The White House did not provide evidence of a detailed pardon process conducted through the Justice Department, and the President did not explain his decisions at length. But Trump called one of the sentences “ridiculous” and said he relied on recommendations from others to make the decisions.
“These are all people that you have to see the recommendations. I rely on recommendations, very importantly,” he told reporters at Andrews Air Force Base before departing for a western swing Tuesday afternoon.
The 11 individuals included convicted white-collar criminals and the former Illinois governor accused of attempting to sell a US senate seat.
Here are the individuals who received clemency:
served eight years of a 14-year sentence for the pay-for-play charges. He was released from prison Tuesday.
“He served eight years in jail, a long time. He seems like a very nice person, don’t know him,” Trump said, calling his sentence “ridiculous” and suggesting the television appeals of Blagojevich’s wife Patti helped cement his decision.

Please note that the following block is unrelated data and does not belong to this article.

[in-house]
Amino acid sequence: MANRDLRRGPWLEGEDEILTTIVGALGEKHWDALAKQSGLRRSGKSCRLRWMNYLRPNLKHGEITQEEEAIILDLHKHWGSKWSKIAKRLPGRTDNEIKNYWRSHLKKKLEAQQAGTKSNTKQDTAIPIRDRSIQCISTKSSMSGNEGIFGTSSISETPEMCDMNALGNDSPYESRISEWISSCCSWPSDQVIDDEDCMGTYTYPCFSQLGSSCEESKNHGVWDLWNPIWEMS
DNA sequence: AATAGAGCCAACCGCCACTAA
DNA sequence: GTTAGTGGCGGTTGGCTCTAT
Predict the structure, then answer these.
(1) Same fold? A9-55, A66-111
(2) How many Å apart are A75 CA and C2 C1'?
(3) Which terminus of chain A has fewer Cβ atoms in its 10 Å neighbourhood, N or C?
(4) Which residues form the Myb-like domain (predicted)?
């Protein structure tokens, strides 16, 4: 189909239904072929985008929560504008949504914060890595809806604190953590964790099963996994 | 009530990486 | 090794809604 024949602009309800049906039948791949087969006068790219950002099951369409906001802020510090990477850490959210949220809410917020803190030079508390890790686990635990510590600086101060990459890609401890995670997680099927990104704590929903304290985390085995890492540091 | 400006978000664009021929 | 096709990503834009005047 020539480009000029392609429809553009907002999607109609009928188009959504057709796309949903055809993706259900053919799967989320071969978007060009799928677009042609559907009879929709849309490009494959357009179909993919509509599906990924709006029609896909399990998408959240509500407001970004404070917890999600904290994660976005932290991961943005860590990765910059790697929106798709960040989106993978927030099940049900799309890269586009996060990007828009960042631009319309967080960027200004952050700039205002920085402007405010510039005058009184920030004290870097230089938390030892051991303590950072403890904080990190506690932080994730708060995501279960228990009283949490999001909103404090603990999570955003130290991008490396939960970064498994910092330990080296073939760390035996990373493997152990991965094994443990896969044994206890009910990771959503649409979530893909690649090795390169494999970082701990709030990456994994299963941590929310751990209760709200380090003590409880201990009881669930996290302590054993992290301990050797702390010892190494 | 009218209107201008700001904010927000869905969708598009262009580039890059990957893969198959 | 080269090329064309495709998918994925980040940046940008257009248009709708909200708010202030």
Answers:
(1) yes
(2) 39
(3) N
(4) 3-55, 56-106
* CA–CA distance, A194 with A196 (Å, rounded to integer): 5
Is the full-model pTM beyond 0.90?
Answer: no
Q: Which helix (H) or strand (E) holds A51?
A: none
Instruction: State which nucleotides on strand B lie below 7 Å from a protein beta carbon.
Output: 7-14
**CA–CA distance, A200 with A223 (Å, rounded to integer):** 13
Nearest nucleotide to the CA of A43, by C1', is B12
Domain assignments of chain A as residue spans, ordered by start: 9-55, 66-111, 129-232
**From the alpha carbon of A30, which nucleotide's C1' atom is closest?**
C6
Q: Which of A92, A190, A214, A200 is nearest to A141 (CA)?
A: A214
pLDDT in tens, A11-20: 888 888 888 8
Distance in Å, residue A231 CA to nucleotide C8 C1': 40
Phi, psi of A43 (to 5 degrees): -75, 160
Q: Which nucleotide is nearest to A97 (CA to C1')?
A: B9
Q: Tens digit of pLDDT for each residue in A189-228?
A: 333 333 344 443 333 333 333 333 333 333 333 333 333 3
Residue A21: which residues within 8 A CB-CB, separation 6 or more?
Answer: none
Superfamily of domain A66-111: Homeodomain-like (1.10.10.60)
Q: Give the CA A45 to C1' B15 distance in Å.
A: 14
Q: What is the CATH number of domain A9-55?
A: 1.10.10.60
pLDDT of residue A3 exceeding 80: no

Aides had worked to convince Trump against reducing Blagojevich’s sentence, believing it would play poorly. And Republican members of Congress lobbied Trump to drop the idea. But inside the White House, Jared Kushner championed efforts to pardon or commute the former governor’s sentence.
On Tuesday, Trump linked Blagojevich’s prosecution to a longtime foe, former FBI Director James Comey, a close friend of former US attorney in Illinois Patrick Fitzgerald, who led the prosecution against Blagojevich.
“It was a prosecution by the same people — Comey, Fitzpatrick — the same group,” Trump said, misstating the Illinois US attorney’s surname.
Eddie DeBartolo Jr.
team owner Eddie DeBartolo.